• Freeze summer berries for winter use by spreading them in a single layer on a cookie sheet and placing it in the freezer. Once the berries have frozen, toss them into an air-tight bag and store in your freezer. This works for blackberries, blueberries and raspberries.

 

  • Sun-dry Roma tomatoes for use this winter. Cut them into thin slices and lay them on a cookie sheet. Salt and pepper the pieces and place the tray in the sun. Once dried, just place them in airtight bags and put them into your freezer.

 

  • As you begin your garden cleanup in preparation for the fall, be sure to remove and throw away any diseased foliage. Don’t put it in the compost pile. This will help prevent fungi like black spot and powdery mildew from carrying over to next year. Depending on the size of your garden, you may be doing some extensive shovel work. Protect your feet with durable, steel-toed work boots.

 

About P. Allen Smith

Smith is the author of the best-selling Garden Home book series and is considered one of the foremost gardening and outdoor living experts in the country. In addition to his own nationally-syndicated television series on commercial networks, P. Allen Smith Gardens, he also hosts P. Allen Smith’s Garden Home on public television and is a frequent guest on the TODAY Show. Smith has received several national awards for helping to educate and inspire the American public about the joys of gardening.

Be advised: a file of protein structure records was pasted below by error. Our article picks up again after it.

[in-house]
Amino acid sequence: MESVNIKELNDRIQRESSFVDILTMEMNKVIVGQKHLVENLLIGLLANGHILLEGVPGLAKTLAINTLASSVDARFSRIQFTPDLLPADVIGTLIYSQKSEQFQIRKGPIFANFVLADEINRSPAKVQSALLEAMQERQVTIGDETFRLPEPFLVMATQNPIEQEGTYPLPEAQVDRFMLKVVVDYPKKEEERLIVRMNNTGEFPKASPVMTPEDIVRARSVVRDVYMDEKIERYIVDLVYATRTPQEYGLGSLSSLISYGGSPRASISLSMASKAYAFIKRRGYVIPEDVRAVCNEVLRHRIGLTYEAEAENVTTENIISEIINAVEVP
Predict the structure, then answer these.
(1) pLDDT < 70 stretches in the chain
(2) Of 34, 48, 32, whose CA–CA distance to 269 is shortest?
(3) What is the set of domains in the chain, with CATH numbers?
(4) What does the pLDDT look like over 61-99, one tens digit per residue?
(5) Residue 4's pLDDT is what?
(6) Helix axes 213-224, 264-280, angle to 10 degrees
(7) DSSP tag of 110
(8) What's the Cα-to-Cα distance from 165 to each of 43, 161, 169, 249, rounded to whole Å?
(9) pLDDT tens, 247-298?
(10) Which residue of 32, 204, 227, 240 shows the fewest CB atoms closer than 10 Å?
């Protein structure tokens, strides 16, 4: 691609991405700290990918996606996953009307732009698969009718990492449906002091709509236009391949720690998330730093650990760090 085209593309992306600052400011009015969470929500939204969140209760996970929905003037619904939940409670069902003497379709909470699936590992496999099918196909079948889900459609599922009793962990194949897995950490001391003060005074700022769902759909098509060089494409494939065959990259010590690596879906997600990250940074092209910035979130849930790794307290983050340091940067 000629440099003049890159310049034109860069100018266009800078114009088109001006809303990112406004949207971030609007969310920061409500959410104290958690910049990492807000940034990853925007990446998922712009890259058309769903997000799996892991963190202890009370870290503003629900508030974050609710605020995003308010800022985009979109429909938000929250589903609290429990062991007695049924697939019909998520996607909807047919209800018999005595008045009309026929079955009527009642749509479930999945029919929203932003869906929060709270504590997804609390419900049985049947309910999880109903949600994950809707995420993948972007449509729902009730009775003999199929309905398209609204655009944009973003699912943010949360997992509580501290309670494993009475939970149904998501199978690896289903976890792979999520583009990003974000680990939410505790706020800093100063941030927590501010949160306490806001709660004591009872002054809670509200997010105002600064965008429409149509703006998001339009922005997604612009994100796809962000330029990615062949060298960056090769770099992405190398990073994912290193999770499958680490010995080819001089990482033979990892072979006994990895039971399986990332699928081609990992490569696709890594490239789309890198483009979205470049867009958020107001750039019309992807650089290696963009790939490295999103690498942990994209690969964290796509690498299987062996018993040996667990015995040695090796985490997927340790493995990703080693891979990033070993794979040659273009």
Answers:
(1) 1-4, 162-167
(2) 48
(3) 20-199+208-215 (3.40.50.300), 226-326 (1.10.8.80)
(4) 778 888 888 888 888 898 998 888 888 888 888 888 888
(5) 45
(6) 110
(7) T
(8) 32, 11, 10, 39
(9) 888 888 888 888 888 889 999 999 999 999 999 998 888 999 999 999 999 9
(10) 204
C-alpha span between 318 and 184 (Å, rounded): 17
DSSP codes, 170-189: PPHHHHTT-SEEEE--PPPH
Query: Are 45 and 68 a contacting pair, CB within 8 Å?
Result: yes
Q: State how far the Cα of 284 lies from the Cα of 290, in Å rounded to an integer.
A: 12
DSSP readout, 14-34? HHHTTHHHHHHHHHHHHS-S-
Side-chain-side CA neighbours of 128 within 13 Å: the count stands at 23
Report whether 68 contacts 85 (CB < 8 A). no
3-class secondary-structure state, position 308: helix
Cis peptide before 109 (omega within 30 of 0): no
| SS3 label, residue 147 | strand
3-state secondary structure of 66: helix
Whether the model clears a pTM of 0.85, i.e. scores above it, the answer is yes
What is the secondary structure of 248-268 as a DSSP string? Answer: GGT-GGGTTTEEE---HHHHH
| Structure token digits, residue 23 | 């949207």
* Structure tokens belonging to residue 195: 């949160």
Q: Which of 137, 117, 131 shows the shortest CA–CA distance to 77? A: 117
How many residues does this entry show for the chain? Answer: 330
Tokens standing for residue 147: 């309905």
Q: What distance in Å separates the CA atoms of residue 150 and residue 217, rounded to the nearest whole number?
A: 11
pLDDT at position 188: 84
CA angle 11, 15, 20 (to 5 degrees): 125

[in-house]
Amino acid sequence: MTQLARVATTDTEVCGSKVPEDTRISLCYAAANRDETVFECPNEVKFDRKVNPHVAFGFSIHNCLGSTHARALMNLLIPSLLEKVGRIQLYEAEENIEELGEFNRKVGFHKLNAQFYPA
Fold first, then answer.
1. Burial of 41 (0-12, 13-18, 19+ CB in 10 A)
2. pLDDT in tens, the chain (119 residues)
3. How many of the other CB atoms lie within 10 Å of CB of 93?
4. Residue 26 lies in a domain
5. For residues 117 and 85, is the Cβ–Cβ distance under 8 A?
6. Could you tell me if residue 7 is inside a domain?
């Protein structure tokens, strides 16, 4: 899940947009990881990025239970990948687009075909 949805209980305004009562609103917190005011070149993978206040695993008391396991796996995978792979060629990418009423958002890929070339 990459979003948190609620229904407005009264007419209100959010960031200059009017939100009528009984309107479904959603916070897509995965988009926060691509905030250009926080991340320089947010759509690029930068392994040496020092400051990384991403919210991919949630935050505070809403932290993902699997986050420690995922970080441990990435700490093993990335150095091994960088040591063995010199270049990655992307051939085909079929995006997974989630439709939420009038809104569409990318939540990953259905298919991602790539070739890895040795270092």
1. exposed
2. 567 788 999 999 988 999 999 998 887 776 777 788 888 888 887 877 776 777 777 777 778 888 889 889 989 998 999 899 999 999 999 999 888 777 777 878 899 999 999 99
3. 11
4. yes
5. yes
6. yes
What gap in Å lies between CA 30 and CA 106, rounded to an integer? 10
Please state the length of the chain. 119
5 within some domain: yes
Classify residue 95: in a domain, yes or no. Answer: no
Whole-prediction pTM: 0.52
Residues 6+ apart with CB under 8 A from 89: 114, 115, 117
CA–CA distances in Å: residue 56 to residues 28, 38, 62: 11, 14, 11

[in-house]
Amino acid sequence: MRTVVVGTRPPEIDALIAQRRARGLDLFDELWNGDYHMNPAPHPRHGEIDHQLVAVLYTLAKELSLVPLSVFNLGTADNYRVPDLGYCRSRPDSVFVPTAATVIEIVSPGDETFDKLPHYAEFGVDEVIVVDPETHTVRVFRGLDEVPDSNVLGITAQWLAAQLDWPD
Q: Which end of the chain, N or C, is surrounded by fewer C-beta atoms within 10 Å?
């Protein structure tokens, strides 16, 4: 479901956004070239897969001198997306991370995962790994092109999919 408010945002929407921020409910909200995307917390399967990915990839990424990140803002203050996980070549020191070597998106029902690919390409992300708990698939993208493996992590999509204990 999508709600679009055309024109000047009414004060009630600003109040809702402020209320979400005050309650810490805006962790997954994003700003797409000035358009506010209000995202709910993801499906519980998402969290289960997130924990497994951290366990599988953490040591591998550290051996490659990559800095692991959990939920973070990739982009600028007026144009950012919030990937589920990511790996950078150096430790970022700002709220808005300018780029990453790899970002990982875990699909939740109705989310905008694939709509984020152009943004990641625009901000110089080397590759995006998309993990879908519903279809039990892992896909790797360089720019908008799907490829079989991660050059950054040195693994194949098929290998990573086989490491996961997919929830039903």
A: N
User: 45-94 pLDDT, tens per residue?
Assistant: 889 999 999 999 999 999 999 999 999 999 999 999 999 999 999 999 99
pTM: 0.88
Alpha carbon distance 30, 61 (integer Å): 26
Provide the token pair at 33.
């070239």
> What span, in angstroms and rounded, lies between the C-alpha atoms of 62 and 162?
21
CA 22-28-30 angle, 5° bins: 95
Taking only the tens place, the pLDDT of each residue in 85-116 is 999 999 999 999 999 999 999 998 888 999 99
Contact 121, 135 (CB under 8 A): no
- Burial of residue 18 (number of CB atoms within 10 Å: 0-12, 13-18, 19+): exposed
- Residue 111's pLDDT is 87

About STIHL Inc.
STIHL Inc. manufactures the number one selling brand of gasoline-powered handheld outdoor power equipment in America for homeowners and professional landscapers*, as well as the number one selling brand of chain saws in the world. STIHL products are sold through servicing power equipment retailers from coast to coast— not mass merchants. STIHL products sold through U.S. STIHL dealers are for distribution in the United States only. For more information or for the name of a local STIHL retailer, call toll free 1-800-GO STIHL (1-800-467-8445) or visit the dealer locator on the STIHL website at www.stihlusa.com.

 

*”Number one selling brand” is based on syndicated Irwin Broh Research (commercial landscapers) as well as independent consumer research of 2010 U.S. sales and market share data for the gasoline-powered handheld outdoor power equipment category combined sales to consumers and commercial landscapers.

 

STIHL is the official handheld outdoor power equipment sponsor of both P. Allen Smith Gardens and

P. Allen Smith’s Garden Home and is pleased to support the work of Independent We Stand, the Tree Research and Education Endowment Fund (TREE Fund),International Society of Arboriculture (ISA), the Tree Care Industry Association (TCIA)National FFAProfessional Landcare Network (PLANET), the American Tree Farm System (ATFS), and the National Association of State Park Directors.

 

 

 

 

 

 

 

 

 

Comments

  1. Thanks for letting P. Allen Smith guest post, those are some great tips. Are these applicable to all climates (Ex. grass length)?

  2. I currently run my own lawncare company and Ryobi gardening tools are my number one choice for the job.

  3. Great post. Bookmarked on delicious :)